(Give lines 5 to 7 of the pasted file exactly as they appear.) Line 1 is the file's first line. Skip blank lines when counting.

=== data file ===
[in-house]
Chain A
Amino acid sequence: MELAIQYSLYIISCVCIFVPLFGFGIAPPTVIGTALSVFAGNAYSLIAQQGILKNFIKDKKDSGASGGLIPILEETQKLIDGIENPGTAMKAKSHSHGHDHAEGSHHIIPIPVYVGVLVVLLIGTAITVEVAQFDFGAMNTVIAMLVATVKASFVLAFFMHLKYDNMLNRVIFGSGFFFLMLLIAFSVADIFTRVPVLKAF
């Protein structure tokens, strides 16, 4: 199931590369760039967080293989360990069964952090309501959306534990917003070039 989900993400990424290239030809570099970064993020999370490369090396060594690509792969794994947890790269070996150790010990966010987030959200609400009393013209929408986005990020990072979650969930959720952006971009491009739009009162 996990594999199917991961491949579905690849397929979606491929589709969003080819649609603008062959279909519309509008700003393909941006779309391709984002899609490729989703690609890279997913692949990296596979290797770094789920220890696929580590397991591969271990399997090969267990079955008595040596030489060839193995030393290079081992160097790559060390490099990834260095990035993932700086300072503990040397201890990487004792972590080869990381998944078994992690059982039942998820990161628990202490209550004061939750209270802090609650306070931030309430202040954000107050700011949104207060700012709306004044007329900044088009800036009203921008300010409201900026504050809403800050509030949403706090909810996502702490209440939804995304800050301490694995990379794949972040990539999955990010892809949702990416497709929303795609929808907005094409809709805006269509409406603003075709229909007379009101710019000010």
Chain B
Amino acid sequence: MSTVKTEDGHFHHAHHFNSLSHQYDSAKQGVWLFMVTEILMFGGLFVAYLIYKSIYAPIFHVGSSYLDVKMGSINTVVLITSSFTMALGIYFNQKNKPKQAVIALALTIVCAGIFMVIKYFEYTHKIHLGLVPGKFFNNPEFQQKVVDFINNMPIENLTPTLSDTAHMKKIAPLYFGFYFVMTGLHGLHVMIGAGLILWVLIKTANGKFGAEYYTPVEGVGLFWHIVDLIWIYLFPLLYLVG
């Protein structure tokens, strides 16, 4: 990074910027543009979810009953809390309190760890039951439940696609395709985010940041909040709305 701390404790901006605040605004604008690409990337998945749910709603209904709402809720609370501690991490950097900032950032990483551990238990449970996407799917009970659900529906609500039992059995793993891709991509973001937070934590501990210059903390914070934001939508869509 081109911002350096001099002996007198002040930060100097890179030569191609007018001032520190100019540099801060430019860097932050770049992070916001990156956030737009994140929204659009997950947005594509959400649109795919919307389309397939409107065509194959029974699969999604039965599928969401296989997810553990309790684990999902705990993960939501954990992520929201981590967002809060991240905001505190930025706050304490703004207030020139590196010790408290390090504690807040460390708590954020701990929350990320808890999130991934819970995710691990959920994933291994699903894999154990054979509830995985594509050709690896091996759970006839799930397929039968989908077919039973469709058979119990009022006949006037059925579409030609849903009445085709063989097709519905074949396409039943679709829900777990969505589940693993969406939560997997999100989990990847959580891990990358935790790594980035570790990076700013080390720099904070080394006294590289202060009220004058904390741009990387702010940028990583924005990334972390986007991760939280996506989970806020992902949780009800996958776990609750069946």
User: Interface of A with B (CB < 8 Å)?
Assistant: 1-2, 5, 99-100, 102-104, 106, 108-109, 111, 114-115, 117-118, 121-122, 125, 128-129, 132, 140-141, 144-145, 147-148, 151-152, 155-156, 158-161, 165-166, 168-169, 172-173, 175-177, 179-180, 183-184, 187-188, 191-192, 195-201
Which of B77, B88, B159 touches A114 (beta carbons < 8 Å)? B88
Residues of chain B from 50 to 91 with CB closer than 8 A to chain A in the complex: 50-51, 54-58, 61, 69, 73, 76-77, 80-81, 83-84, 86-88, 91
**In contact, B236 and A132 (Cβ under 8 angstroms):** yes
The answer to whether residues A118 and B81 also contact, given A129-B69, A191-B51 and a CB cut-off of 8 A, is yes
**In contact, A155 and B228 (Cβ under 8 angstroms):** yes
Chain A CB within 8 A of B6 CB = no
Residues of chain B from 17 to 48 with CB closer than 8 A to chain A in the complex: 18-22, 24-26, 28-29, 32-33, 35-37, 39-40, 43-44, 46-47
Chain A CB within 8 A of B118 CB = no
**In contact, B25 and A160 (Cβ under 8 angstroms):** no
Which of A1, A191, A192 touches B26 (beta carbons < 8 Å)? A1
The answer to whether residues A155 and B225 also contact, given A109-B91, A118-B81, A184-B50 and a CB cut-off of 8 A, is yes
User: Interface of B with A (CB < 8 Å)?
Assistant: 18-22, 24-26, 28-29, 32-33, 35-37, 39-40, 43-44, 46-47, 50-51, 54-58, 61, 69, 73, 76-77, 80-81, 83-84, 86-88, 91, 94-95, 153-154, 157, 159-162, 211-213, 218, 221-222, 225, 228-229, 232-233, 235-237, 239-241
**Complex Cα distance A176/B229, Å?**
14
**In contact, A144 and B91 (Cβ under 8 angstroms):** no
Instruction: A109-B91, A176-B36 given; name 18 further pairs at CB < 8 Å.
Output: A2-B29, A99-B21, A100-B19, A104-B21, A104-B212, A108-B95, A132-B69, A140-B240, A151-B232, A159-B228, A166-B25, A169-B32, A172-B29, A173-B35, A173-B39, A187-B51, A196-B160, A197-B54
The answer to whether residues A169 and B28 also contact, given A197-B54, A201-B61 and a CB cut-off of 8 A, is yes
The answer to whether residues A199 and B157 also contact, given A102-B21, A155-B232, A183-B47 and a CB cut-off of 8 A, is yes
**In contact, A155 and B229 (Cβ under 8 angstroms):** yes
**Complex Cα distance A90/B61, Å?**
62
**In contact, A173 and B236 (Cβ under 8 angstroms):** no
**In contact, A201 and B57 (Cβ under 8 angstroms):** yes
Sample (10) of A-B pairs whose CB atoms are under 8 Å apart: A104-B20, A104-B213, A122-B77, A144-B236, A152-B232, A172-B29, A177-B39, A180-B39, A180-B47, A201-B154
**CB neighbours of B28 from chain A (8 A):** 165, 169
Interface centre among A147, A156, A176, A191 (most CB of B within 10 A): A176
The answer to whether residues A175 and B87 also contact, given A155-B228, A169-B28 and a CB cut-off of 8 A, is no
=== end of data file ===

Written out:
Chain B
Amino acid sequence: MSTVKTEDGHFHHAHHFNSLSHQYDSAKQGVWLFMVTEILMFGGLFVAYLIYKSIYAPIFHVGSSYLDVKMGSINTVVLITSSFTMALGIYFNQKNKPKQAVIALALTIVCAGIFMVIKYFEYTHKIHLGLVPGKFFNNPEFQQKVVDFINNMPIENLTPTLSDTAHMKKIAPLYFGFYFVMTGLHGLHVMIGAGLILWVLIKTANGKFGAEYYTPVEGVGLFWHIVDLIWIYLFPLLYLVG
């Protein structure tokens, strides 16, 4: 990074910027543009979810009953809390309190760890039951439940696609395709985010940041909040709305 701390404790901006605040605004604008690409990337998945749910709603209904709402809720609370501690991490950097900032950032990483551990238990449970996407799917009970659900529906609500039992059995793993891709991509973001937070934590501990210059903390914070934001939508869509 081109911002350096001099002996007198002040930060100097890179030569191609007018001032520190100019540099801060430019860097932050770049992070916001990156956030737009994140929204659009997950947005594509959400649109795919919307389309397939409107065509194959029974699969999604039965599928969401296989997810553990309790684990999902705990993960939501954990992520929201981590967002809060991240905001505190930025706050304490703004207030020139590196010790408290390090504690807040460390708590954020701990929350990320808890999130991934819970995710691990959920994933291994699903894999154990054979509830995985594509050709690896091996759970006839799930397929039968989908077919039973469709058979119990009022006949006037059925579409030609849903009445085709063989097709519905074949396409039943679709829900777990969505589940693993969406939560997997999100989990990847959580891990990358935790790594980035570790990076700013080390720099904070080394006294590289202060009220004058904390741009990387702010940028990583924005990334972390986007991760939280996506989970806020992902949780009800996958776990609750069946």